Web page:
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“I’ve hit 6-iron to pitching wedge,” Padraig Harrington said. “The day I hit pitching wedge, it was 144 yards to carry the trap, and what I was doing hitting a pitching wedge, I don’t know. I hit it in the bunker. I was so worried about hitting in the bushes behind the green. Nowadays, I know I’m hitting 9-iron to 7-iron. But you’re always worried. It’s just a great golf hole.”

It’s all about the angle of the green, the vexing wind that feels as if it’s coming from every direction, and the fact the 12th hole is at the low point of the course _ 175 feet below the clubhouse, which is only 1,000 yards away.

“It would be a nothing hole if it was square,” Geoff Ogilvy said. “But the genius is the angle. The back edge of the left side of the green is shorter than the front edge of the right side. Where they got lucky was having that chute of trees on 13 because it really messes with the wind. Even if you’re into the wind, it seems to come down from the 13th fairway.”

The legend of that section of Amen Corner is that the flag on the 11th green can be blowing one direction, and the flag on the 12th can be blowing another. They are separated by about 100 yards.

Some players look at flags. Others look at the tops of the trees _ but which trees?

Hogan once famously said he would never pull the trigger until he felt the wind on his left cheek. Nicklaus said it was best to wait until the flags on the 11th and 12th were going in the same direction.

Tom Weiskopf is infamous for his performance at Golden Bell, where he rang up a 13 in 1980 by hitting five balls into the water.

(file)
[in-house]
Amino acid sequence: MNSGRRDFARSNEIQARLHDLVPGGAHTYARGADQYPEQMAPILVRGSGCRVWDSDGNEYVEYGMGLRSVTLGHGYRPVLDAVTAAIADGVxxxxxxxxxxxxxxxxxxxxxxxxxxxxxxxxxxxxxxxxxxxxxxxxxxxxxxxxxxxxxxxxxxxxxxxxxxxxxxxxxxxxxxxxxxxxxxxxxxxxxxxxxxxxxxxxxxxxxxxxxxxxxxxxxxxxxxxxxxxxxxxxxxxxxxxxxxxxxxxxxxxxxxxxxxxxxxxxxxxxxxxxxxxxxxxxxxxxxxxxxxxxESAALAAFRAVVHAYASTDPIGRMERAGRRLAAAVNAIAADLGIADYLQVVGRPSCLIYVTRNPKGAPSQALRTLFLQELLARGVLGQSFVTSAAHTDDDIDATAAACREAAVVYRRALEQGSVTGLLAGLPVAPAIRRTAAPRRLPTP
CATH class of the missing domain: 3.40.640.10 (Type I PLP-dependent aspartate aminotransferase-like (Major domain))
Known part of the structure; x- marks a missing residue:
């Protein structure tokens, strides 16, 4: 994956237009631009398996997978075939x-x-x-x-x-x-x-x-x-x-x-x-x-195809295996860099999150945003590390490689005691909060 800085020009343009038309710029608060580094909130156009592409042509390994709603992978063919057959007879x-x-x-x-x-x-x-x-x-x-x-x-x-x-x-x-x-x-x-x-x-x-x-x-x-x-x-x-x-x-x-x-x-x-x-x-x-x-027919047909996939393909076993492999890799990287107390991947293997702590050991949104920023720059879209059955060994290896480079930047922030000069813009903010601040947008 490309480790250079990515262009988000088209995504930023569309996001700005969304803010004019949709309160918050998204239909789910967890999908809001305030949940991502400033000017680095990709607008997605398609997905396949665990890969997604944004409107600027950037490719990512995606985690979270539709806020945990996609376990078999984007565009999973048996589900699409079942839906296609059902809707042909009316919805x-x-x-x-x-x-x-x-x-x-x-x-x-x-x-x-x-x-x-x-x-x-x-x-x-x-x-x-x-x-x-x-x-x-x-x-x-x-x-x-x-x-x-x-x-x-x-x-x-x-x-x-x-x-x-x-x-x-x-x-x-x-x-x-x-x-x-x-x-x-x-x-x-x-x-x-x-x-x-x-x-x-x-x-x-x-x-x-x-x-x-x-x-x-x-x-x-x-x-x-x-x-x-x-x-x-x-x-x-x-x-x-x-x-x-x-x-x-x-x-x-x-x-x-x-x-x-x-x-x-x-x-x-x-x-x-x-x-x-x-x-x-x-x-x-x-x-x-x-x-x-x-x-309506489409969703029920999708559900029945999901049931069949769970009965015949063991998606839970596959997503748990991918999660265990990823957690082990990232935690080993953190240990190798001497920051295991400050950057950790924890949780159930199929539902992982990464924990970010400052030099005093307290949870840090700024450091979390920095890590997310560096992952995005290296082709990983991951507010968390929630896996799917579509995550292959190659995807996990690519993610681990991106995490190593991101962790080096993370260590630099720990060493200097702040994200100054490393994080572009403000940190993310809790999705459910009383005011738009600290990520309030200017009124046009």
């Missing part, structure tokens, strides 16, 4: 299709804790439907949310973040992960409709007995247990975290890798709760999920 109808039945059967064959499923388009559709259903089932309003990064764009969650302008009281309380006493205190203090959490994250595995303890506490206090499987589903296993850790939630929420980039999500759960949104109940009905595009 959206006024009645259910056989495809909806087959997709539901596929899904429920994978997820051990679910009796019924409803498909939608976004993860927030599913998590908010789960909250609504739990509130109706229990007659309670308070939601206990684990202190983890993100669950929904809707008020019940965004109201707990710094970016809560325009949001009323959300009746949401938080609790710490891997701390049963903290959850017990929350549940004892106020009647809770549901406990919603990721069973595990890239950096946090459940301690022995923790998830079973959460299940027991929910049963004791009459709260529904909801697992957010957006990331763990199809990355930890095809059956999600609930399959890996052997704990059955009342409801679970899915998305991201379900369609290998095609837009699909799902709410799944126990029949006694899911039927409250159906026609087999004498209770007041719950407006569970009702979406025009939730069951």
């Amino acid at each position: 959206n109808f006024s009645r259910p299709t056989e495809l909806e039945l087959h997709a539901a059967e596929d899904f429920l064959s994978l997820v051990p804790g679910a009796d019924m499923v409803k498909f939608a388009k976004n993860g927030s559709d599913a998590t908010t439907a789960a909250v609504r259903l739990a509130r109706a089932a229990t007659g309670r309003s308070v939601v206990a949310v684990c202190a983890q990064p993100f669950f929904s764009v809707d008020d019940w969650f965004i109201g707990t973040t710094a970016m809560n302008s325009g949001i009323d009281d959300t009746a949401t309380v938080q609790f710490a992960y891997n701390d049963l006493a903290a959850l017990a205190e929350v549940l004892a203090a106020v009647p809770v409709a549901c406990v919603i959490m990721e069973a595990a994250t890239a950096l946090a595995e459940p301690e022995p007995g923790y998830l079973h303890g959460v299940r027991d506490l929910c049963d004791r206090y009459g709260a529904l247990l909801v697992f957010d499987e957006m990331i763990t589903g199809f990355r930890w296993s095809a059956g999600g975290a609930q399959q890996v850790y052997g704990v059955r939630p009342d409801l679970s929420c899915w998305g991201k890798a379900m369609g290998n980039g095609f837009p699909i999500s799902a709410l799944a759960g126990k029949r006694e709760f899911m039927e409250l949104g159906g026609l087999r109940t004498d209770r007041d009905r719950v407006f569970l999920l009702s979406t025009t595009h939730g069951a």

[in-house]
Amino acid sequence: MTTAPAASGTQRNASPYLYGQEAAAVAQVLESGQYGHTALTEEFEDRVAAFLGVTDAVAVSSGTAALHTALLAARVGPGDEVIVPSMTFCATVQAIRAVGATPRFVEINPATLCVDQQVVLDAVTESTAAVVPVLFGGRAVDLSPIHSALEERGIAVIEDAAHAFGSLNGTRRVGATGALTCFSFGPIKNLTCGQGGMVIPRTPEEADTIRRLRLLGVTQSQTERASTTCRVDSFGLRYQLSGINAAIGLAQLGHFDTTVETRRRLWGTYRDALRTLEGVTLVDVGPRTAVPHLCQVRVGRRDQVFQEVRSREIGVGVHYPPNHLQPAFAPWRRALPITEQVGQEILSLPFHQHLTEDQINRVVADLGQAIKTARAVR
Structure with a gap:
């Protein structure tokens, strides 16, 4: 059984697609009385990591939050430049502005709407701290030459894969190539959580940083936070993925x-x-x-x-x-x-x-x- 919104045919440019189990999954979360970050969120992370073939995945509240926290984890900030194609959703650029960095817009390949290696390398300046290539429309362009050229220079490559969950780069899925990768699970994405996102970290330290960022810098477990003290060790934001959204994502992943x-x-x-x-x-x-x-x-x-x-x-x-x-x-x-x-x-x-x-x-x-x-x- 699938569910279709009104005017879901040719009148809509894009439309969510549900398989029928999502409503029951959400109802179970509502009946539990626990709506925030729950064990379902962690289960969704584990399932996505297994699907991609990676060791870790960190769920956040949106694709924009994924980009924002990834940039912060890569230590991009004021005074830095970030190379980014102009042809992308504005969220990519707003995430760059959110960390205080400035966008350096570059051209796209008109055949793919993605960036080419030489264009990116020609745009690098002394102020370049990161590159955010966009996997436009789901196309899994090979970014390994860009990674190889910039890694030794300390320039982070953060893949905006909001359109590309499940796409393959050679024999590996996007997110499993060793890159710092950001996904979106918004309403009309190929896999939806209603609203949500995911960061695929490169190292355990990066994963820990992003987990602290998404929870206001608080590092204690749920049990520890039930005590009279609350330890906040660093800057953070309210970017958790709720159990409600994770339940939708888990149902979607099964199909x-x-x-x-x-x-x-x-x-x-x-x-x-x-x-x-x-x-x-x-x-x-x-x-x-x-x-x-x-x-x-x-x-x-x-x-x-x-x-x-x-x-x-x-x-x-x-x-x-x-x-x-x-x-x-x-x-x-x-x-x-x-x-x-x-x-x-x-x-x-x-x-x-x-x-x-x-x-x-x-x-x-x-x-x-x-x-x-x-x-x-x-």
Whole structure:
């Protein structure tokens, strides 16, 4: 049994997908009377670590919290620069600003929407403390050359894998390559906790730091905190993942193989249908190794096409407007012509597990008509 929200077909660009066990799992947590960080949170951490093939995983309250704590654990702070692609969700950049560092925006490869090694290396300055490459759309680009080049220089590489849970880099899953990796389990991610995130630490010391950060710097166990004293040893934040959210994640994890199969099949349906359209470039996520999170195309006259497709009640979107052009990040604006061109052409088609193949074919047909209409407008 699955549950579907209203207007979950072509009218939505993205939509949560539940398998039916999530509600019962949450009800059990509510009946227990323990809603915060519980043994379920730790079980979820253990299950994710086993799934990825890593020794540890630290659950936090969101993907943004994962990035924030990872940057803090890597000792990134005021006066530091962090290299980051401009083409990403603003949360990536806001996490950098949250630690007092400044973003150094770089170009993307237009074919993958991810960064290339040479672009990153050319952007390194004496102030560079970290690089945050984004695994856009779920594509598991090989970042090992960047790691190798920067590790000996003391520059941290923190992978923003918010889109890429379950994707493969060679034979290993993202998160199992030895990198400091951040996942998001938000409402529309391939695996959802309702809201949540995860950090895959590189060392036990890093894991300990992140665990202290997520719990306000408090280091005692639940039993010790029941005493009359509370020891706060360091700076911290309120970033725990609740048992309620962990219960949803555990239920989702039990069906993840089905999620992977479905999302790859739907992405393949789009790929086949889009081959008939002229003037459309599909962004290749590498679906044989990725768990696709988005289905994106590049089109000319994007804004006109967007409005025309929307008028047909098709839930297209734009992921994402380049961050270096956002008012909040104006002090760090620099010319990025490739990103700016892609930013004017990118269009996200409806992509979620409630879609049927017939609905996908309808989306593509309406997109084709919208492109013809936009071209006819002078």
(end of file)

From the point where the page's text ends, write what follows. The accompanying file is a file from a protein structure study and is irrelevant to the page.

There have been three aces on the 12th _ Claude Harmon in 1947, William Hyndman in 1959 and Curtis Strange in 1988. Those are the happier moments.

Strange was asked how he made his hole-in-one. “I pushed a 7-iron,” he said.

Far more common are the sad tales.

Payne Stewart hit 8-iron in the back bunker in 1985, and that’s where his troubles began. His sand shot rolled through the green and into the water. His next shot spun back and into the water. Fearful of repeating his mistake, he went long into the back bunker and eventually took a 9, which took him out of contention.

Dan Forsman was leading on Sunday in 1993 when he hit into Rae’s Creek and took an 8. “Next year, I think I’ll lay up short,” he said.

Jason Day made it through relatively unscathed in his first Masters.

“The biggest thing is not to be intimidated by it,” Day said. “Walking down the 11th, we’ll throw up grass and try to prepare for the 12th hole. You just have to get up there and trust it. There’s no real explanation for the wind there.”

Gary Player told Golf Digest magazine of his first time playing the 12th hole. He was with Hogan and Sam Snead, who had five green jackets between them. Hogan hit 7-iron into the back bunker. Snead decided on an 8-iron and put that in the water.

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